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By Katarina Brkic

The beginning of an academic term is a stressful time. After the first week spent reading over the syllabus, students are thrown into a state of panic with projects, tests and studying. The abundance of work students receive can drastically affect their mental health. It is a relief then when reading week arrives with its promise of a relaxing week of light work and rest. But this promise is often short-lived.

Since fall reading week coincides with the Thanksgiving weekend, it should allow students to enjoy valuable time with family and friends and be a period of de-stress. However, since the break is during the middle of the term, students’ stress can actually increase. The week quickly becomes a time for students to complete even more work to meet deadlines that fall during or directly after the break.

McMaster University implemented the fall reading week in October 2015 to help ensure the mental health of their students would recover after the stressful, fast-paced scene of university. With the ever-increasing amount of stress students endure at the beginning of the term, McMaster recognizes the necessity of a break for students to focus on other significant elements in their life. Although students, for the most part, are willingly attending university or other post-secondary institutions, it is important to understand their lives do not solely revolve around academics.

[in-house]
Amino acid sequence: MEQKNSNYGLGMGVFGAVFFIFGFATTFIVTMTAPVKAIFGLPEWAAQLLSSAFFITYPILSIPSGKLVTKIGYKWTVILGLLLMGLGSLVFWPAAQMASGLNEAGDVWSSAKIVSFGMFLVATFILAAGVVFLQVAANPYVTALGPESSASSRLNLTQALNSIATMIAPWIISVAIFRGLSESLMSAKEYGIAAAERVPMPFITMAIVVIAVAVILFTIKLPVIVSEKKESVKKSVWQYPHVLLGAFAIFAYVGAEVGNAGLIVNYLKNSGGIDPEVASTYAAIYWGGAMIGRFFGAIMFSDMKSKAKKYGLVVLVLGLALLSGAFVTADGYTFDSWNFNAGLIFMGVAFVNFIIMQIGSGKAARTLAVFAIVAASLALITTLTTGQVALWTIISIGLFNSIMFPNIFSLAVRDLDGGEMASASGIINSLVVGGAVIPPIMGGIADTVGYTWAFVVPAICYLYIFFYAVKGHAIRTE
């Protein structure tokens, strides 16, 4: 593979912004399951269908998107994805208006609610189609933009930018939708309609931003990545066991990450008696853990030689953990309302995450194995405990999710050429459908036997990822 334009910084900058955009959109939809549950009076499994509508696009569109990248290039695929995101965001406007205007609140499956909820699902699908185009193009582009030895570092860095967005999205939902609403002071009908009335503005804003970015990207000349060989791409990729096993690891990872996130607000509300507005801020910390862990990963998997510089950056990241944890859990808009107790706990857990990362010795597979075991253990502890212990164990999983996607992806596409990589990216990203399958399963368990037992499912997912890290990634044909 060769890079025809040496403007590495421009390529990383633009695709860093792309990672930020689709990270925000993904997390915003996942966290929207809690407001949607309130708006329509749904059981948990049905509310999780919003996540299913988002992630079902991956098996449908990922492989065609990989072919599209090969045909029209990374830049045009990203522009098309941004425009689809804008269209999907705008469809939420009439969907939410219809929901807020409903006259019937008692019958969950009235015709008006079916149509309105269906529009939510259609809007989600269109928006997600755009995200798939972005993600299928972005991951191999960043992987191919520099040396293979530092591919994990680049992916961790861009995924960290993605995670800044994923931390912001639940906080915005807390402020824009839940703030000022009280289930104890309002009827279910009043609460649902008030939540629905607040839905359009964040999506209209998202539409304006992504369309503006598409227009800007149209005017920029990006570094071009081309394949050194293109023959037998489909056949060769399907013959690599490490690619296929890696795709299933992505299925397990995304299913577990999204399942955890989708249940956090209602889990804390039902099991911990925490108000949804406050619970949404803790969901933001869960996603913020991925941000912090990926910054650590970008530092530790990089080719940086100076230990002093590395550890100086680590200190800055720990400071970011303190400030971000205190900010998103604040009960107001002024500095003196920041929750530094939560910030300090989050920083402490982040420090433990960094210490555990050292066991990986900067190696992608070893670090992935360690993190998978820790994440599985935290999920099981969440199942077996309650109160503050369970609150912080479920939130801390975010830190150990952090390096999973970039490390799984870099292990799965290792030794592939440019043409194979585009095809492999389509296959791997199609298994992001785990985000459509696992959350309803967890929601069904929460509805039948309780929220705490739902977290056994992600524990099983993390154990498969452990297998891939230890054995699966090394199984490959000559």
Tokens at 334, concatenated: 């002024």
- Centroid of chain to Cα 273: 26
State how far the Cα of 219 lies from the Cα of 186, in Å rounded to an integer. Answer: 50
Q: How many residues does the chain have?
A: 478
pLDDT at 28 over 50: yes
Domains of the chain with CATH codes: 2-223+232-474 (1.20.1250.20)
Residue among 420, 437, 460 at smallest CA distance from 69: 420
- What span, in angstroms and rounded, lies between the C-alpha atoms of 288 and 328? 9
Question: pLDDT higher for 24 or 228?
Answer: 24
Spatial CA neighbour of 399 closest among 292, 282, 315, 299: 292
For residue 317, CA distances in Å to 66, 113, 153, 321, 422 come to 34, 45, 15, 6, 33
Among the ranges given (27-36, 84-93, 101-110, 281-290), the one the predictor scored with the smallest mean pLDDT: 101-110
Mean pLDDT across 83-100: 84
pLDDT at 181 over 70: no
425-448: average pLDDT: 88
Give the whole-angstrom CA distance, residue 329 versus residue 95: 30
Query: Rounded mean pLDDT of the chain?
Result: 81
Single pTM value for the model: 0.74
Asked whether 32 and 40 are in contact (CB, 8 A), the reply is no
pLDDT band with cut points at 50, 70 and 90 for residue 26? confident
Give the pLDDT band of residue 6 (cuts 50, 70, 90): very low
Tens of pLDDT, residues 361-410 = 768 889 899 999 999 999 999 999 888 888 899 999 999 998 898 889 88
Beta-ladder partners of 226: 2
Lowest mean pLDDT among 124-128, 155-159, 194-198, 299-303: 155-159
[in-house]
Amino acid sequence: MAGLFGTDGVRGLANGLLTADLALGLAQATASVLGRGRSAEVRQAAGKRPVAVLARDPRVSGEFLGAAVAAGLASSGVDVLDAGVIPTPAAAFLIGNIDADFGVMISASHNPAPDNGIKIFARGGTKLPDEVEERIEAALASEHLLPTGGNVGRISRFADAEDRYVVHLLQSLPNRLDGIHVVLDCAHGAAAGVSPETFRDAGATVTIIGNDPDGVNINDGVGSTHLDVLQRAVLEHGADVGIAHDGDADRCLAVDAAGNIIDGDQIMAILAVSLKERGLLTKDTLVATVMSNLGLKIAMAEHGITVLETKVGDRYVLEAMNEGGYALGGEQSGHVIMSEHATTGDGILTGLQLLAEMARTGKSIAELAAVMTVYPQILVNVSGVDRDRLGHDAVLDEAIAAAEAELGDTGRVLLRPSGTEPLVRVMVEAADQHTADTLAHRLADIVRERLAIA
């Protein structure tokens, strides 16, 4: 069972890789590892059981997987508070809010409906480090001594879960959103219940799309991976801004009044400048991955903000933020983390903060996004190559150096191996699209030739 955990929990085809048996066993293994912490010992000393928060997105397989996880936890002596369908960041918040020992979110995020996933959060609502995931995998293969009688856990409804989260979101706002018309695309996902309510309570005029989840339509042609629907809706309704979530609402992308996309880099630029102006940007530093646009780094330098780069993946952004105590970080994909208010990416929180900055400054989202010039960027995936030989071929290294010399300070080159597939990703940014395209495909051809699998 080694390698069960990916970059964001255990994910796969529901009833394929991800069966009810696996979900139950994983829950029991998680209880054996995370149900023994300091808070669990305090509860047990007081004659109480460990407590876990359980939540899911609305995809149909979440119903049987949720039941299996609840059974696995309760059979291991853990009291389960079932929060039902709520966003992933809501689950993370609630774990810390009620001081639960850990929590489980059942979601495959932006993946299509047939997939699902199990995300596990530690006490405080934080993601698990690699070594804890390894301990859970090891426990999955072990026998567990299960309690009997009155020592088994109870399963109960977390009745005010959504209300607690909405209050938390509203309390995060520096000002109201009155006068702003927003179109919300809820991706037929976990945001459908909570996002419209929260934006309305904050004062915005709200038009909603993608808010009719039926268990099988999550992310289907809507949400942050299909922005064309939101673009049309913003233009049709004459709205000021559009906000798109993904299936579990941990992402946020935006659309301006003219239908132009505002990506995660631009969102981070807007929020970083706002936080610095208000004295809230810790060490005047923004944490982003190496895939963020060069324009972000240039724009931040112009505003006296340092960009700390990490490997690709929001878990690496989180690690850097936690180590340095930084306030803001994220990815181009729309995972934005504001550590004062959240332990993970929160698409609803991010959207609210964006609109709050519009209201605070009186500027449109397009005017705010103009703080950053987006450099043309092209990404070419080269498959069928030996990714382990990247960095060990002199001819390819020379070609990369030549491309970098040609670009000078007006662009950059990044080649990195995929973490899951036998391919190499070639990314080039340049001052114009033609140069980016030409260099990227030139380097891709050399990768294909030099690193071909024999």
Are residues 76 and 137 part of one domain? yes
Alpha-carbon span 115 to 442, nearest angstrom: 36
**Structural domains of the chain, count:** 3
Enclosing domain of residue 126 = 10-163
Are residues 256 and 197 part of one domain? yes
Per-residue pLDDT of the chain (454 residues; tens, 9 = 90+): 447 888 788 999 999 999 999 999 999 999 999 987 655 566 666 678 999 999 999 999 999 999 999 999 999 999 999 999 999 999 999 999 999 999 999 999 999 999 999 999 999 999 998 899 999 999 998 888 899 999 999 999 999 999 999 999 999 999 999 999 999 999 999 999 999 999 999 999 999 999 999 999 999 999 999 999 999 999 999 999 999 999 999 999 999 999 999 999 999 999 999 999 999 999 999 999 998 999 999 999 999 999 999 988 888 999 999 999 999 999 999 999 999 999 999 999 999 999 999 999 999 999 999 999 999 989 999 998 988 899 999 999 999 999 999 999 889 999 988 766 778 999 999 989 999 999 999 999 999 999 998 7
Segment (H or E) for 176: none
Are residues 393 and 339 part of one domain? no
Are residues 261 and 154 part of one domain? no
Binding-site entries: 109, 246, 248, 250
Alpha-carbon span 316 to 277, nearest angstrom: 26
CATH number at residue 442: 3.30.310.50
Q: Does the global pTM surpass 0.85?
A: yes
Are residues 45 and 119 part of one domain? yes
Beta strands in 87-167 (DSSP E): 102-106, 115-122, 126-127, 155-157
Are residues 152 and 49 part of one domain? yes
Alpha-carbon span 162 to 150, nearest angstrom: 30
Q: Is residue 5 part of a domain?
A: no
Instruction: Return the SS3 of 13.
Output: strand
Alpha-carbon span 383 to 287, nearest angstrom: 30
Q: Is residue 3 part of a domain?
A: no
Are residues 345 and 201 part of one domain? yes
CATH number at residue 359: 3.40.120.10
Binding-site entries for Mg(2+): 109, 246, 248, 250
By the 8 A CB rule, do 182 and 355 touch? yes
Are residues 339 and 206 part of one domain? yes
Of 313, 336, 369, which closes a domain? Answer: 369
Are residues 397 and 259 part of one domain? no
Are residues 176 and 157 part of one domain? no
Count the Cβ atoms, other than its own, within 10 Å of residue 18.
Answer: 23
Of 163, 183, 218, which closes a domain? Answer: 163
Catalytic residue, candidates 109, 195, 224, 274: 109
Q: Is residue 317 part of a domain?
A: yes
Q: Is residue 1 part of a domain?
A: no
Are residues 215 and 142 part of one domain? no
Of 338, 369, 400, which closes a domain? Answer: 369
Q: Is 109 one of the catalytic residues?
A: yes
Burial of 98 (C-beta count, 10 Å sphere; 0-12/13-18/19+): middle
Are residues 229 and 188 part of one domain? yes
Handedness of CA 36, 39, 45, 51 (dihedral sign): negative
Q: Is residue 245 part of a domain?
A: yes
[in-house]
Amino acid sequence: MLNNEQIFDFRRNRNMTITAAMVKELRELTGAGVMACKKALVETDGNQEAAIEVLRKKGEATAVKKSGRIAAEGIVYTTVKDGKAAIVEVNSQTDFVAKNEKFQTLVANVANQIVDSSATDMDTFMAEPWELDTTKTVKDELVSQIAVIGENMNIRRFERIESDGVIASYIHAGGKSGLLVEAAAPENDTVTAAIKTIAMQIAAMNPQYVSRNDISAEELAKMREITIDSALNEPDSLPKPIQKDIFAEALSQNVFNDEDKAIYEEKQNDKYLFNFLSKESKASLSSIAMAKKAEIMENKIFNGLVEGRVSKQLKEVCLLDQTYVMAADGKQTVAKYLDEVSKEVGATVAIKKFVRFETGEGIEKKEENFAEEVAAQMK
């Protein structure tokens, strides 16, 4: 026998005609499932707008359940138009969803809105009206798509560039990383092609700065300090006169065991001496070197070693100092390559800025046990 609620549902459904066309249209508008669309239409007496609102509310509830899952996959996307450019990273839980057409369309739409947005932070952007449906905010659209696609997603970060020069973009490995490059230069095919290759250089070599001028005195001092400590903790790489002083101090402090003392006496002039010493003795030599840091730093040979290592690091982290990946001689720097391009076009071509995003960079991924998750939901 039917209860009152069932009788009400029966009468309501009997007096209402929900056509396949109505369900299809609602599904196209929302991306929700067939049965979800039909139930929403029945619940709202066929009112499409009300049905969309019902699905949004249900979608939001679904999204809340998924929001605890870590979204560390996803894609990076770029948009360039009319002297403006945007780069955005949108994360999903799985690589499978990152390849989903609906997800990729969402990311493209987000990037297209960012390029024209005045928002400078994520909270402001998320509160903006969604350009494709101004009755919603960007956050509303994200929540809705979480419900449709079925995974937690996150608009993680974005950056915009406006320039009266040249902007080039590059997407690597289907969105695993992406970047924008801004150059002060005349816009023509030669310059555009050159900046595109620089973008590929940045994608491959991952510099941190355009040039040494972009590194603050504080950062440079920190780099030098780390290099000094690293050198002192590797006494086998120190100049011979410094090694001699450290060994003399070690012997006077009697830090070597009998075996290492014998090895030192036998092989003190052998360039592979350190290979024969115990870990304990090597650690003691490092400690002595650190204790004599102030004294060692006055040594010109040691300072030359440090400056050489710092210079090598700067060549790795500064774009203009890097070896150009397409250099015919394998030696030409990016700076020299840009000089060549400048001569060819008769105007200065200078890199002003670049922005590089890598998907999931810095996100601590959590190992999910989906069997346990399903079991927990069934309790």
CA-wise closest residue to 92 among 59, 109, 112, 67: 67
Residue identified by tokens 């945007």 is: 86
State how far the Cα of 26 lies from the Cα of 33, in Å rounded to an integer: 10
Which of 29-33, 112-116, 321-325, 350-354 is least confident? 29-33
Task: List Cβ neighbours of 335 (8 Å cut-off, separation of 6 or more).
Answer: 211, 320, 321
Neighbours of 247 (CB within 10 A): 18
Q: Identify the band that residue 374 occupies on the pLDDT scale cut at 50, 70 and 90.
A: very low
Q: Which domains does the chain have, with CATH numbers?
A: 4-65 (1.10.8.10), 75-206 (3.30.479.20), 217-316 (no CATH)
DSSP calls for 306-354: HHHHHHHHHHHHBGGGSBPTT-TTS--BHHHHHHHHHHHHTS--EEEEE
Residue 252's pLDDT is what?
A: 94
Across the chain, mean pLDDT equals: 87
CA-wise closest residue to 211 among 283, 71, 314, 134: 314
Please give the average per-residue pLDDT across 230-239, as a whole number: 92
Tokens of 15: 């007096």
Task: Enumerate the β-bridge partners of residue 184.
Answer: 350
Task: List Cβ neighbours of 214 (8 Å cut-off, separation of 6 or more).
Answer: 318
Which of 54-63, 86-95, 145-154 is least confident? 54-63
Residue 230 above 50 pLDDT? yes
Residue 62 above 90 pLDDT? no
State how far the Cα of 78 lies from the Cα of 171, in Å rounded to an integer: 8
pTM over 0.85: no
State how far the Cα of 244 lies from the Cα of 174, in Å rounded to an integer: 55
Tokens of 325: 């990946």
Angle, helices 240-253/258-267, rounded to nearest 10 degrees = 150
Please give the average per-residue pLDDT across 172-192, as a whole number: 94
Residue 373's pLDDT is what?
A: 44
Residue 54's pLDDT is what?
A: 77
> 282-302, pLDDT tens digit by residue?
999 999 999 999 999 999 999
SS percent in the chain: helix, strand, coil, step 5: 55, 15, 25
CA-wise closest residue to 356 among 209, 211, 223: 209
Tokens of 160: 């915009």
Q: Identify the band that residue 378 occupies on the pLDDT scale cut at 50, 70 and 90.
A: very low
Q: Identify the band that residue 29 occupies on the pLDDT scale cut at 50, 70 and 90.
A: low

The overwhelming pressure on students to achieve high grades to increase their chances of entering post-undergraduate studies translates into an extreme amount of pressure placed on their minds. On top of competing with one another for certain achievements, students also are expected to balance extracurricular activities, potentially hold a job, and maintain a social connection with family and friends.

If students complete their assignments before reading week, then the following week should really be just that: a break. It should mean that students should not have to worry about submitting assignments online or having to cram ten lectures into their head for a midterm the Monday following the break. There is no point in issuing a reading week if students return even more stressed.

Professors should be mandated to have their assignments deadlines or midterms fall the week prior to or following a week after the break. This would then allow students to use their fall breaks the way they were intended by improving their mental health and overall well-being.

Having a fall reading week implemented within the school year has proven to be beneficial – but if this break consists solely of completing more academic work, it should be scrapped. Ultimately, the “break” just becomes another week of school.

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